Caroline Hargrove

From Wikipedia, the free encyclopedia
Jump to navigation Jump to search
Caroline Hargrove

Caroline Hogue[1]
Alma materQueen's University
University of Cambridge (PhD)
Scientific career
InstitutionsBabylon Health
McLaren Applied Technologies
ThesisComputer modelling of the motion of granular particles (1993)
Doctoral advisorDavid Newland

Caroline Hargrove FREng (née Hogue)[1] is Chief Technical Officer of Babylon Health. She previously served as CTO at McLaren Applied Technologies and a visiting professor at the University of Oxford.[2][3]

Early life and education[edit]

Hargrove is from Montreal.[4] She studied mathematics and mechanical engineering at Queen's University, Ontario, which she graduated in 1989.[1][5] She moved to the University of Cambridge for her postgraduate studies, earning a PhD[6] for research on computer modelling of granular materials supervised by David Newland [Wikidata] in 1993.[7][5]


After her postgraduate studies, Hargrove remained at the University of Cambridge as a Fellow.[8] She joined McLaren in 1997, where she worked in vehicle dynamics.[9][10] For ten years she was responsible for the McLaren F1 simulator.[8] She was one of the founders of McLaren Applied Technologies.[11] In 2013 Hargrove was appointed Technical Director at McLaren Applied Technologies.[12] Her job involved R&D strategy and IP development.[13] She championed the use of big data in motor racing.[14] Here she looks to translate the technology of McLaren F1 to medical services, developing analysis and support tools.[15][16][17] She works with Olympic athletes and the UK track cycling team.[1][9][18][19] She created a data-logger that mounts under the saddle to collect information of speed, power, tilt and torque, then send it to the coach.[4] Her team translated the 3D accelerometers from Formula One cars into sensors for human use, working with GlaxoSmithKline to monitor patient's response to drugs.[20][21]

In 2014 she appeared on BBC Radio 4, where she discussed how Britain became a world leader in Formula One cars.[22] In 2016 she announced the use of their simulator for testing domestic vehicles.[23] In 2016 she was named one of the Women's Engineering Society and The Daily Telegraph's Top 50 Influential Women in Engineering.[24]

Hargrove is an advocate for increasing the number of girls in engineering through visits to schools and on-site work experience.[25][26]

Awards and honours[edit]

Hargrove was elected a Fellow of the Royal Academy of Engineering in 2017.[27][28] She was announced as one of the Top 50 Innovators in the World in 2017 by Codex.[29] She is a Visiting Professor at the University of Oxford.[28]


  1. ^ a b c d "Life in the fast lane". February 2013. Retrieved 2018-04-27.
  2. ^ Excell, Jon (15 June 2018). "Interview: Mclaren Applied Technologies CTO Dr Caroline Hargrove". The Engineer.
  3. ^ Al-Khalili, Jim (2018). "The Life Scientific: Formula One engineer Caroline Hargrove". BBC.
  4. ^ a b "The Fast and the Serious" (PDF). Drake P Bennett. Retrieved 2018-04-29.
  5. ^ a b "Sports cars and a whole lot more: McLaren's just the job". The Telegraph. 2017-09-22. ISSN 0307-1235. Retrieved 2018-04-27.
  6. ^ Hogue, Caroline (1993). Computer modelling of the motion of granular particles. (PhD thesis). University of Cambridge. OCLC 556748821. EThOS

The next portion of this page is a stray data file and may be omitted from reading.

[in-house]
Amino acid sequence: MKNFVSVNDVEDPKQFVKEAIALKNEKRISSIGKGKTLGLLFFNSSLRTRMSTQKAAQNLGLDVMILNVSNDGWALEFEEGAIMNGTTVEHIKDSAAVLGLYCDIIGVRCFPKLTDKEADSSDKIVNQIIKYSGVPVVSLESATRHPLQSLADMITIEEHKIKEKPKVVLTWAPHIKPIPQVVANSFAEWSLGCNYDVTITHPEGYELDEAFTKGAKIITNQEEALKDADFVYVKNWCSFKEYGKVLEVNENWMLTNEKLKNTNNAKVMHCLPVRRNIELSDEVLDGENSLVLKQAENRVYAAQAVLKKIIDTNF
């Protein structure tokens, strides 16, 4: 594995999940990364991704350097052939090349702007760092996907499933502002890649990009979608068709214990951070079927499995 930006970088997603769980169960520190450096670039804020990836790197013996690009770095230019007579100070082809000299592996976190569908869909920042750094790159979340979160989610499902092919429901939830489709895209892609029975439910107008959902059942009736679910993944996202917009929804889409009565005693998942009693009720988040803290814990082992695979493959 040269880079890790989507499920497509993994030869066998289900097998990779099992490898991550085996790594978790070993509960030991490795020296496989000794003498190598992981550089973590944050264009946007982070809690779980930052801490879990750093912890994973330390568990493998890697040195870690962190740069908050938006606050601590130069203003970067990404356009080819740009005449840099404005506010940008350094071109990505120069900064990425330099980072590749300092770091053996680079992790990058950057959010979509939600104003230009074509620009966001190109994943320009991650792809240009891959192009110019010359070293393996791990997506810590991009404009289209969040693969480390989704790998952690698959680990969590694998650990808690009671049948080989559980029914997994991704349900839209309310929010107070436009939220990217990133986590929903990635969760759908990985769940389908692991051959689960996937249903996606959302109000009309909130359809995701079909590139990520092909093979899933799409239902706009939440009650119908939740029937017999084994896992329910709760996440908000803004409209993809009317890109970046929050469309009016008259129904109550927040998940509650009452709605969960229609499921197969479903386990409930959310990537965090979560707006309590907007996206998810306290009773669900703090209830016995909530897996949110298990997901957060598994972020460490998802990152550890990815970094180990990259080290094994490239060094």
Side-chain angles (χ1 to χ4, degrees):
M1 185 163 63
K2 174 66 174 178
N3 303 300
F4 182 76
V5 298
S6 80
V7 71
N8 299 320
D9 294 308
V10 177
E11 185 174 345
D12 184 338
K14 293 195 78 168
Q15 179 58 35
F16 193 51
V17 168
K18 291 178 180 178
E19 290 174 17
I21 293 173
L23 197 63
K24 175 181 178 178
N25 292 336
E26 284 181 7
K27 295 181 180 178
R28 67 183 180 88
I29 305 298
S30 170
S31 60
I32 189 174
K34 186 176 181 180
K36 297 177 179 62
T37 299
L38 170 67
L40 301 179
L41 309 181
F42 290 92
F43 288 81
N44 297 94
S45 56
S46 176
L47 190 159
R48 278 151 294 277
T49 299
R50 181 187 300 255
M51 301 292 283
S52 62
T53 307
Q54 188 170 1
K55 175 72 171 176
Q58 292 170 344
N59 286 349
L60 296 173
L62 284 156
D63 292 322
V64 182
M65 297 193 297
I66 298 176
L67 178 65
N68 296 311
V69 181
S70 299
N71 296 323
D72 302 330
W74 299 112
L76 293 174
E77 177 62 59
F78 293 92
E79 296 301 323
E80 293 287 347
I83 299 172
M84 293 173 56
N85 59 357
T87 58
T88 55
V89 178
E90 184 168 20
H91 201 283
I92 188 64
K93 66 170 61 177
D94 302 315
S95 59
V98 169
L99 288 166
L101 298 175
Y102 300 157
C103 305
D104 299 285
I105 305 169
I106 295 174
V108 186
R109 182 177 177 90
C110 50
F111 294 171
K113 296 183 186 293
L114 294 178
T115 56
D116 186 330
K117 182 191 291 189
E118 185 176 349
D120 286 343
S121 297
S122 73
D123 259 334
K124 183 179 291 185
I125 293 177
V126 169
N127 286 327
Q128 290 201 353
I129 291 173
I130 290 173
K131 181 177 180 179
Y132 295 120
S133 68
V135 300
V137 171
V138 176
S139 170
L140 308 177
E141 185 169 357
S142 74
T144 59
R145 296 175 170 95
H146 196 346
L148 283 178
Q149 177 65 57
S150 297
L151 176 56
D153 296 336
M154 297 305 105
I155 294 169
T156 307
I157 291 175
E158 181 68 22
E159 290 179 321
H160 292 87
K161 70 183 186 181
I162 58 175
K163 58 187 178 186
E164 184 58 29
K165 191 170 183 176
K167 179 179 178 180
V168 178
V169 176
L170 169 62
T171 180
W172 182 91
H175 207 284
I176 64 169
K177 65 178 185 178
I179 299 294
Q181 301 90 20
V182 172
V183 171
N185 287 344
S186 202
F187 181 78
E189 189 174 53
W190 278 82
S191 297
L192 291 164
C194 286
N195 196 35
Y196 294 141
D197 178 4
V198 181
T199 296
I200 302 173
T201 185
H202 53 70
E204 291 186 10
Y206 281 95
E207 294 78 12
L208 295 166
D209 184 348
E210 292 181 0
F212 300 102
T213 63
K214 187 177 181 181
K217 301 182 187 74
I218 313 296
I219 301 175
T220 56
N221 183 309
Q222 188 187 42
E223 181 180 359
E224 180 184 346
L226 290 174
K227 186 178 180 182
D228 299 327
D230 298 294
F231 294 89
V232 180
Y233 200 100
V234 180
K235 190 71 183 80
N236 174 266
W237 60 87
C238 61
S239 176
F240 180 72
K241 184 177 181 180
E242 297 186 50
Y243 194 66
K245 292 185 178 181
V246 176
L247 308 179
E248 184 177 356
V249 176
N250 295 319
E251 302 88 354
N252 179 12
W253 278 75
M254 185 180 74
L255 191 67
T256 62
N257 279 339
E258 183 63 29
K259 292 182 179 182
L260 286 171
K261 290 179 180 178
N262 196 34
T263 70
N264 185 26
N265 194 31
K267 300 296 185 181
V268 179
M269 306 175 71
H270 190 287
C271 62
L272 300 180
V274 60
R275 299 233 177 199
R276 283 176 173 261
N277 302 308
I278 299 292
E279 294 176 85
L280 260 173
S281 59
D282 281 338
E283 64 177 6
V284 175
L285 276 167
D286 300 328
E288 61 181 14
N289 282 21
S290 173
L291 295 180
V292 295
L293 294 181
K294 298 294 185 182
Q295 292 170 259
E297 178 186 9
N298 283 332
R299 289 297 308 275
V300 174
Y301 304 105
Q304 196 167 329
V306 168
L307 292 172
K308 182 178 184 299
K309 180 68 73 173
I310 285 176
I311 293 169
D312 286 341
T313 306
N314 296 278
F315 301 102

7. ^ "Professors Julian Allwood and Richard Prager elected Fellows of the Royal Academy of Engineering | Department of Engineering". Retrieved 2018-04-27.
  8. ^ a b "McLaren top engineers return to Cambridge for C4IR Network launch". Cambridge Network. Retrieved 2018-04-29.
  9. ^ a b Medeiros, João. "How McLaren uses F1 tech to reinvent global companies". Retrieved 2018-04-27.
  10. ^ "Caroline Hargrove - Acting CTO @ McLaren Applied Technologies | Crunchbase". Crunchbase. Retrieved 2018-04-27.
  11. ^ "King's College London - Inspirational Women". Retrieved 2018-04-27.
  12. ^ "Lessons for the IoT from 8 World Championships | IoT Forum | McLaren Technologies - Internet of Things Forum". Internet of Things Forum. 2016-02-09. Retrieved 2018-04-27.
  13. ^ "GREAT Global Investment Conference". Retrieved 2018-04-29.
  14. ^ Business of Software Conference (2015-03-11). "Caroline Hargrove - Lessons from 8 World Championships - McLaren Appl…".
  15. ^ Carney, Dan. "McLaren and medicine: An unlikely pairing". Retrieved 2018-04-27.
  16. ^ "Formula 1 Technology Is Being Used To Make Better Surgeons – TechCrunch". Retrieved 2018-04-27.
  17. ^ "McLaren Applied Technologies". Retrieved 2018-04-29.
  18. ^ Baldwin, Alan. REA1E08820140215 "F1 rivalry hots up on ice". U.S. Retrieved 2018-04-29.
  19. ^ CNN, By Matt Majendie, for. "McLaren: From Formula One to a formula for gold - CNN". CNN. Retrieved 2018-04-29.
  20. ^ "Formula One Technology Used In Drug Trials". Sky News. Retrieved 2018-04-29.
  21. ^ "Why is McLaren Revving up Into Healthcare?". Design News. 2015-05-04. Retrieved 2018-04-29.
  22. ^ "Fast and Furious, In Business - BBC Radio 4". BBC. Retrieved 2018-04-27.
  23. ^ "McLaren Formula One development tool now at hand for the family car". The Irish Times. Retrieved 2018-04-29.
  24. ^ ap507. "University of Leicester Professor among 'Top 50 Women in Engineering' — University of Leicester". Retrieved 2018-04-29.
  25. ^ "Students to be given the opportunity to 'See Inside' McLaren at the 2013 McLaren Manufacturing Challenge grand final". Retrieved 2018-04-29.
  26. ^ "More women needed in engineering jobs, says McLaren Technical Director | Imperial News | Imperial College London". Imperial News. Retrieved 2018-04-27.
  27. ^ "Robot and nano-drug experts among 53 new Royal Academy of Engineering fellows". Retrieved 2018-04-27.
  28. ^ a b "Dr Caroline Hargrove FREng". Royal Academy of Engineering. 2017. Retrieved 2018-04-27.
  29. ^ Codex (2017-10-26), Dr Caroline Hargrove, McLaren - What can Formula 1 teach business about data analytics?, retrieved 2018-04-27